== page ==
The Reds are in a straight fight with dithering Spurs for Valencia’s £26million man as angry Suarez edges closer to a move to Arsenal. Liverpool have not yet made a bid to the Spain international’s club Valencia, but they are being helped by Spurs’ reluctance so far to meet his £26million asking price.
Financially stricken Valencia want a deal done by August 3 for tax reasons.
Meanwhile, Suarez has told Liverpool he wants his future resolved in the next 48 hours.
The furious Uruguay striker held face-to-face talks with Liverpool boss Brendan Rodgers yesterday after the club tried to block his £40million move to Arsenal.
Suarez made it clear to Rodgers, who is sticking by his £50m valuation, that he wants to leave Anfield and is keen to talk to Arsenal.
The 26-year-old claims his agent Pere Guardiola was told by the club that he would be allowed to negotiate a move if an offer was made of more than £35m – irrespective of the clause in his contract.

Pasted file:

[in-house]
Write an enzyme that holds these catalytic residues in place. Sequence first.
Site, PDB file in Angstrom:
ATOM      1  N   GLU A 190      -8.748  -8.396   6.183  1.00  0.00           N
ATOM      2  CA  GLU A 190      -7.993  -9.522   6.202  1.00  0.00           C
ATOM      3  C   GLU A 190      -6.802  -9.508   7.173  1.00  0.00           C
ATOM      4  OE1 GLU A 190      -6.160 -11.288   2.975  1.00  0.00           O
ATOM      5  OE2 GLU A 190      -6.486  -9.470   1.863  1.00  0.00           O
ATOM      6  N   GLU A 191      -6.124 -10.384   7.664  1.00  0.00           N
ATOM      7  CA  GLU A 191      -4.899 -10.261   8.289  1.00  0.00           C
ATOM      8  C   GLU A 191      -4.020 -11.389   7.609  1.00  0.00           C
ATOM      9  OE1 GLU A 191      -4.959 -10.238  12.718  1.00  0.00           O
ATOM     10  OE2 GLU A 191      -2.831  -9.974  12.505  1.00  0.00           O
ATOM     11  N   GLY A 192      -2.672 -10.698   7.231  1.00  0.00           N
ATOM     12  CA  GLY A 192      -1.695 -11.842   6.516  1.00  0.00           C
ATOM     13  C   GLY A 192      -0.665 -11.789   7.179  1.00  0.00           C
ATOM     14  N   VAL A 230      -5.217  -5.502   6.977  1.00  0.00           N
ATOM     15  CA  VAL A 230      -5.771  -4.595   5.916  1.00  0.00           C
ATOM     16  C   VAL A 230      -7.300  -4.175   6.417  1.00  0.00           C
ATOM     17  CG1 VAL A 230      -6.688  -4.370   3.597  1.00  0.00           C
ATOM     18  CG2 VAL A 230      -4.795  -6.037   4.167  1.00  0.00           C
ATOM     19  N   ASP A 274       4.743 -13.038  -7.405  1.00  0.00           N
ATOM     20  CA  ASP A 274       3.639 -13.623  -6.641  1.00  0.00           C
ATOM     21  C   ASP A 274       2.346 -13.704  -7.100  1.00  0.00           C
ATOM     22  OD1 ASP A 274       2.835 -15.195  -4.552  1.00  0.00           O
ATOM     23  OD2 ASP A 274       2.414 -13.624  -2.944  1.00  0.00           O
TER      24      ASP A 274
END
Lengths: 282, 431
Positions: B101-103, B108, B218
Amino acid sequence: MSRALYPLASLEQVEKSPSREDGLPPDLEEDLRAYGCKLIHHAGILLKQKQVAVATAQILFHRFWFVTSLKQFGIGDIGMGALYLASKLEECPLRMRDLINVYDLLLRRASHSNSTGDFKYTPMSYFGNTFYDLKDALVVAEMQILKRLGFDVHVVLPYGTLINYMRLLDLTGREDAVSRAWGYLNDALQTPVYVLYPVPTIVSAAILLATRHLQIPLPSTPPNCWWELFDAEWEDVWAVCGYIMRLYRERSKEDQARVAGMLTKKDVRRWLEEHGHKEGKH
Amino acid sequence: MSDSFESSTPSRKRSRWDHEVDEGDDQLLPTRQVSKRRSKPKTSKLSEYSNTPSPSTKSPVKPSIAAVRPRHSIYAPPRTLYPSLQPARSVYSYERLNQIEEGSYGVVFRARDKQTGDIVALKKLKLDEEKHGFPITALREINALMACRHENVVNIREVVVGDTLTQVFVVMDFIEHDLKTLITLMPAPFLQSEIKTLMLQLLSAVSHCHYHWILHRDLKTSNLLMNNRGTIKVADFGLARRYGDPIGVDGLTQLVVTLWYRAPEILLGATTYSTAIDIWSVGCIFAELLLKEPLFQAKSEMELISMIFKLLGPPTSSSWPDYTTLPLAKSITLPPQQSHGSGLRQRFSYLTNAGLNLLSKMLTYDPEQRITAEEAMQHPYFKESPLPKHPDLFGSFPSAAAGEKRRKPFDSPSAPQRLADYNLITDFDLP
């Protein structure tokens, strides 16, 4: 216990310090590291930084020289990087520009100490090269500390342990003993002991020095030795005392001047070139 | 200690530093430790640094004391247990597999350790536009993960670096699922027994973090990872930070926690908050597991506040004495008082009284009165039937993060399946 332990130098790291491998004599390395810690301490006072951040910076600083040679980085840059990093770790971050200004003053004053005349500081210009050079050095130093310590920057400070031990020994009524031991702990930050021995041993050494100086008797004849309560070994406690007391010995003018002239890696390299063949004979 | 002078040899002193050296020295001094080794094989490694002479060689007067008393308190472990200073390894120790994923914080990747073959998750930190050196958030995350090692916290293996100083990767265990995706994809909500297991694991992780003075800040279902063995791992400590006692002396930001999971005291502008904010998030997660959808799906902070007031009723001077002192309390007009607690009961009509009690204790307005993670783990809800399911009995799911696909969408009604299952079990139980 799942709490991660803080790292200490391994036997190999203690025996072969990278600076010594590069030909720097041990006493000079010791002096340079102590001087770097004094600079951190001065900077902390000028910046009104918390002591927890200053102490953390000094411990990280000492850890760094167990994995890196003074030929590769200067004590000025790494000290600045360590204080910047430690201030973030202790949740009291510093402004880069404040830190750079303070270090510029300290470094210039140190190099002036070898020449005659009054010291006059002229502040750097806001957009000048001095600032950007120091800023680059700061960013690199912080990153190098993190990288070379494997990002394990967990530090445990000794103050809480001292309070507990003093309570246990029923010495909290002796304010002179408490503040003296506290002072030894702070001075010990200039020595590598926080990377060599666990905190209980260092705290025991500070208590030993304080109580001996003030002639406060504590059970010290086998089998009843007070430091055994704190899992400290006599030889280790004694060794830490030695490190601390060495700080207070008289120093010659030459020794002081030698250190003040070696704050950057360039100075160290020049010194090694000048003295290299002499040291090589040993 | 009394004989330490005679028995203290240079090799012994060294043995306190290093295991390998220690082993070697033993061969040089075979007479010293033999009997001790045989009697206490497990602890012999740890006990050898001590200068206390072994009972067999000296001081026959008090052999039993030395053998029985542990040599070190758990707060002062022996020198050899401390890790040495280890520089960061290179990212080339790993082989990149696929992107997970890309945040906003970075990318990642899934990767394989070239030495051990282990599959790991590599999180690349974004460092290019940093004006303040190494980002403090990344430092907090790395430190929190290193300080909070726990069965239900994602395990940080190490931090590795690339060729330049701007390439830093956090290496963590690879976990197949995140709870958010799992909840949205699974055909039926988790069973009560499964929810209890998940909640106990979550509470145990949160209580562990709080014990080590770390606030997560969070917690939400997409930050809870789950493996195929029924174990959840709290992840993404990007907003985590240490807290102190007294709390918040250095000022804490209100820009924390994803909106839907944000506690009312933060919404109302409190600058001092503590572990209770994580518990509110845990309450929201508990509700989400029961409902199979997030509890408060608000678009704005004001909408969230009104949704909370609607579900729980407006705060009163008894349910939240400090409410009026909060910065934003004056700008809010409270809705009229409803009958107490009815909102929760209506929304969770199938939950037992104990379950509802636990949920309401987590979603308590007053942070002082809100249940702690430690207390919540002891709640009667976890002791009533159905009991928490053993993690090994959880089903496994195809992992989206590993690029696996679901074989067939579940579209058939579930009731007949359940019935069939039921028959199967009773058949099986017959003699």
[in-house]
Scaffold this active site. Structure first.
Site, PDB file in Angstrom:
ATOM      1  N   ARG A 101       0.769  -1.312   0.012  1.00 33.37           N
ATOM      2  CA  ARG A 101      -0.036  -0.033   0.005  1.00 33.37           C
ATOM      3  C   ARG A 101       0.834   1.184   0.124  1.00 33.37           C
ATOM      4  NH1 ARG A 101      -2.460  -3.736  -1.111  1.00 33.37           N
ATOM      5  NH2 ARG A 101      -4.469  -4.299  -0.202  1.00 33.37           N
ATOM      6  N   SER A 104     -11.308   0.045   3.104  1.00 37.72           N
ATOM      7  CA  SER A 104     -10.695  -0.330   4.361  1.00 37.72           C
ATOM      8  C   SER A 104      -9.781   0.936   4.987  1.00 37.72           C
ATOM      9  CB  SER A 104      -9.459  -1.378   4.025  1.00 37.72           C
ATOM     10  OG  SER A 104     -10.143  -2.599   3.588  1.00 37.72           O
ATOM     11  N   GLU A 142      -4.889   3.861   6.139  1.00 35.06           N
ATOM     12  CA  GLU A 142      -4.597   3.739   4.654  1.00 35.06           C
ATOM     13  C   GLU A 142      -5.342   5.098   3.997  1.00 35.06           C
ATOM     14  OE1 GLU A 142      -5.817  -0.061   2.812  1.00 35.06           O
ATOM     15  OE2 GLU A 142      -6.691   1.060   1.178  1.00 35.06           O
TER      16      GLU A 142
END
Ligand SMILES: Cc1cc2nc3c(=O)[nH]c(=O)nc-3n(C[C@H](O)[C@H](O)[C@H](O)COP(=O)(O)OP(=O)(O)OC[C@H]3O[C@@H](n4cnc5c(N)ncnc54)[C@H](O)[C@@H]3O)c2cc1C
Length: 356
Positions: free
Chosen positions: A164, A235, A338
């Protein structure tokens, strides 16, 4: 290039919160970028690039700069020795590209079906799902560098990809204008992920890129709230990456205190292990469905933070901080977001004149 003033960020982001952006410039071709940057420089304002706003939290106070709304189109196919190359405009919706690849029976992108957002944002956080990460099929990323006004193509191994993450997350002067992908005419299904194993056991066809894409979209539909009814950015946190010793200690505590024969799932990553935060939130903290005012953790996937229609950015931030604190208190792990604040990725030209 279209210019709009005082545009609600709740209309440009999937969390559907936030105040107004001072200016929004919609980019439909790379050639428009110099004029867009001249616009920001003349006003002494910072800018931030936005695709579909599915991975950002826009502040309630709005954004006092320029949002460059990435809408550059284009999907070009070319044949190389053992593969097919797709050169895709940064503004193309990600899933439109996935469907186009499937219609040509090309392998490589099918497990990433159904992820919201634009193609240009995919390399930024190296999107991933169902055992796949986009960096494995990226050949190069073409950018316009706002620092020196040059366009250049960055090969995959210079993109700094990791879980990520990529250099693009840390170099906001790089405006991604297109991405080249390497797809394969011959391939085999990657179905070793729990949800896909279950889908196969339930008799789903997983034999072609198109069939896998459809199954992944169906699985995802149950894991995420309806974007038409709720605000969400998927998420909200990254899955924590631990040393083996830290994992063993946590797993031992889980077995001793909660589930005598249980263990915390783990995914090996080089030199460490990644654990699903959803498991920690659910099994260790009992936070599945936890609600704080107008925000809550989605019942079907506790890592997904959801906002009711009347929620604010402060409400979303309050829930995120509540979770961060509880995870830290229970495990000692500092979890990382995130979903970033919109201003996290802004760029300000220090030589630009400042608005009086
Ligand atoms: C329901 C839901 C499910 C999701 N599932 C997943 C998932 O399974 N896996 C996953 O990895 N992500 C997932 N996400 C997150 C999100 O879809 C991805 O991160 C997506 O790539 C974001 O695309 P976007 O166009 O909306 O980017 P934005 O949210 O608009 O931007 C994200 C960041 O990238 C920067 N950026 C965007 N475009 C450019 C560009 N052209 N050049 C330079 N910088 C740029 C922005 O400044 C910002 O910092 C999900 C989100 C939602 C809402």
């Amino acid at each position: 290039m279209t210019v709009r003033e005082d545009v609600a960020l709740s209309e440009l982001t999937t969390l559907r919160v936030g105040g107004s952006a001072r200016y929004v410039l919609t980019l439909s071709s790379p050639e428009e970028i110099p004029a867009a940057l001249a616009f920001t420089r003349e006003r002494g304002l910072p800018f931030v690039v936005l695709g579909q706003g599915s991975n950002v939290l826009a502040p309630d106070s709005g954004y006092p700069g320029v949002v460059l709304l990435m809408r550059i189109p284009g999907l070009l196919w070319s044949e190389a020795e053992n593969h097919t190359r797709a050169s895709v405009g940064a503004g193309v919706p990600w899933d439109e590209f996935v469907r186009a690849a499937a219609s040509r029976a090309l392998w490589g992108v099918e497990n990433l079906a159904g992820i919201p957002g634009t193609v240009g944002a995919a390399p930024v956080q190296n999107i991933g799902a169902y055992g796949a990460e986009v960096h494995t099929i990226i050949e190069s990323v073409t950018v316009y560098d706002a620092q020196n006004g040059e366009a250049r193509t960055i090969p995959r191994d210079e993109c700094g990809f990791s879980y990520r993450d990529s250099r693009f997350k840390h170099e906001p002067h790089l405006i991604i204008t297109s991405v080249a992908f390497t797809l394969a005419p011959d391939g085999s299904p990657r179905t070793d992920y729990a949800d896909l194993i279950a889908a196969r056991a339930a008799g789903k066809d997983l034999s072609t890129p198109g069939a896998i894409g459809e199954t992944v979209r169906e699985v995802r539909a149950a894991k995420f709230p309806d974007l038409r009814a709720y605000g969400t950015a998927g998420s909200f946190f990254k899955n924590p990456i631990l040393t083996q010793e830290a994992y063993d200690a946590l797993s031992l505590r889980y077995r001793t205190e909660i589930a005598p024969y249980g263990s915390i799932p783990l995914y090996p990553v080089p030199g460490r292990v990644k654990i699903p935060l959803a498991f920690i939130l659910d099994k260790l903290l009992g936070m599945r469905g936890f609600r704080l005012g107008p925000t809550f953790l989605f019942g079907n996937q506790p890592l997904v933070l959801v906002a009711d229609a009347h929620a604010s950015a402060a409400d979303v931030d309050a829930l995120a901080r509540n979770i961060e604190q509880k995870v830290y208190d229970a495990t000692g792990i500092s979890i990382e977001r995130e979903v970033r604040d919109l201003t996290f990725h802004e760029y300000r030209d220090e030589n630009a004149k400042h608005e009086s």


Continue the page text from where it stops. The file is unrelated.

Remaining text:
And Suarez, who flew with the rest of the Liverpool squad from Australia to Thailand, is understood to have voiced his frustration at Arsene Wenger’s £40,000,001 bid being rejected.
The player is allowed to conduct talks with Arsenal and his advisers may consult lawyers if the dispute over his contract turns ugly.
However, Liverpool have been surprised by his desire to move to another Premier League club after claiming earlier in the season he wanted to leave England following bans for using a racist remark against Patrice Evra and biting Chelsea defender Branislav Ivanovic.
Suarez told Rodgers he still likes Liverpool, but simply wants to play for a club in the Champions League and Arsenal appear to be the only club in the running after Real Madrid let it be known they are no longer interested.
Suarez will be offered a five year deal worth £150,000-a-week but Wenger will still have money to spend on other players having trimmed the wage bill.
He maintains an interest in Marouane Fellaini but others deals may yet depend on Suarez as they look to get their first big one over the line as a sign of intent.